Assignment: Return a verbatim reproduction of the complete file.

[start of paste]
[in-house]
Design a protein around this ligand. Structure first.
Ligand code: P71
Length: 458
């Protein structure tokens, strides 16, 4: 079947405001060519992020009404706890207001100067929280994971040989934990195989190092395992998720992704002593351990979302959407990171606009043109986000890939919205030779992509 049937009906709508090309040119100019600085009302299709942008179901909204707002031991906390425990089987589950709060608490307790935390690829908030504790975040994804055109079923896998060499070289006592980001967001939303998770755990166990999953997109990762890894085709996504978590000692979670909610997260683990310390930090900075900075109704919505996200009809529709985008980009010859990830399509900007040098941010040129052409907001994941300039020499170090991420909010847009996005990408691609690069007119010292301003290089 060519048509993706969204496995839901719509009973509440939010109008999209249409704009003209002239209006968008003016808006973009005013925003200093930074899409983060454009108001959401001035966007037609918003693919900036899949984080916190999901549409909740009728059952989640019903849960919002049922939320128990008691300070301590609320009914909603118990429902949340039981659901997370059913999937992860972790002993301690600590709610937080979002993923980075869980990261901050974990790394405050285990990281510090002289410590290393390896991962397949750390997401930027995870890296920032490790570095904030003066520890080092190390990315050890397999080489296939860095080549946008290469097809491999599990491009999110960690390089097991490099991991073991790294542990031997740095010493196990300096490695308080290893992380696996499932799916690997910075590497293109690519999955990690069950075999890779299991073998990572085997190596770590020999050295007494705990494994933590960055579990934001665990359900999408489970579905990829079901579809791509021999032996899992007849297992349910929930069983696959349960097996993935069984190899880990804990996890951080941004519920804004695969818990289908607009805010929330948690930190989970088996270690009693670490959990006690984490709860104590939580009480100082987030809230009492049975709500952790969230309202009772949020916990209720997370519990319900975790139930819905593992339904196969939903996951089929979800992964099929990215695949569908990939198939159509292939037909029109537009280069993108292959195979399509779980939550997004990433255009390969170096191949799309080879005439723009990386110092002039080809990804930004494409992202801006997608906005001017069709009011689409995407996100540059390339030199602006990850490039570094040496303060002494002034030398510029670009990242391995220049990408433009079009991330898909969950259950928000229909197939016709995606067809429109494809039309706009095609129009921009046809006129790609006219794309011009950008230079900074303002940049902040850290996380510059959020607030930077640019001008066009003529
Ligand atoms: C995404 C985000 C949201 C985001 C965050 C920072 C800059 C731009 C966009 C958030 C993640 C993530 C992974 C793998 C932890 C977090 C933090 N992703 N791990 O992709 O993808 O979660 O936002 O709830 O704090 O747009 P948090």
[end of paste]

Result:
[in-house]
Design a protein around this ligand. Structure first.
Ligand code: P71
Length: 458
């Protein structure tokens, strides 16, 4: 079947405001060519992020009404706890207001100067929280994971040989934990195989190092395992998720992704002593351990979302959407990171606009043109986000890939919205030779992509 049937009906709508090309040119100019600085009302299709942008179901909204707002031991906390425990089987589950709060608490307790935390690829908030504790975040994804055109079923896998060499070289006592980001967001939303998770755990166990999953997109990762890894085709996504978590000692979670909610997260683990310390930090900075900075109704919505996200009809529709985008980009010859990830399509900007040098941010040129052409907001994941300039020499170090991420909010847009996005990408691609690069007119010292301003290089 060519048509993706969204496995839901719509009973509440939010109008999209249409704009003209002239209006968008003016808006973009005013925003200093930074899409983060454009108001959401001035966007037609918003693919900036899949984080916190999901549409909740009728059952989640019903849960919002049922939320128990008691300070301590609320009914909603118990429902949340039981659901997370059913999937992860972790002993301690600590709610937080979002993923980075869980990261901050974990790394405050285990990281510090002289410590290393390896991962397949750390997401930027995870890296920032490790570095904030003066520890080092190390990315050890397999080489296939860095080549946008290469097809491999599990491009999110960690390089097991490099991991073991790294542990031997740095010493196990300096490695308080290893992380696996499932799916690997910075590497293109690519999955990690069950075999890779299991073998990572085997190596770590020999050295007494705990494994933590960055579990934001665990359900999408489970579905990829079901579809791509021999032996899992007849297992349910929930069983696959349960097996993935069984190899880990804990996890951080941004519920804004695969818990289908607009805010929330948690930190989970088996270690009693670490959990006690984490709860104590939580009480100082987030809230009492049975709500952790969230309202009772949020916990209720997370519990319900975790139930819905593992339904196969939903996951089929979800992964099929990215695949569908990939198939159509292939037909029109537009280069993108292959195979399509779980939550997004990433255009390969170096191949799309080879005439723009990386110092002039080809990804930004494409992202801006997608906005001017069709009011689409995407996100540059390339030199602006990850490039570094040496303060002494002034030398510029670009990242391995220049990408433009079009991330898909969950259950928000229909197939016709995606067809429109494809039309706009095609129009921009046809006129790609006219794309011009950008230079900074303002940049902040850290996380510059959020607030930077640019001008066009003529
Ligand atoms: C995404 C985000 C949201 C985001 C965050 C920072 C800059 C731009 C966009 C958030 C993640 C993530 C992974 C793998 C932890 C977090 C933090 N992703 N791990 O992709 O993808 O979660 O936002 O709830 O704090 O747009 P948090």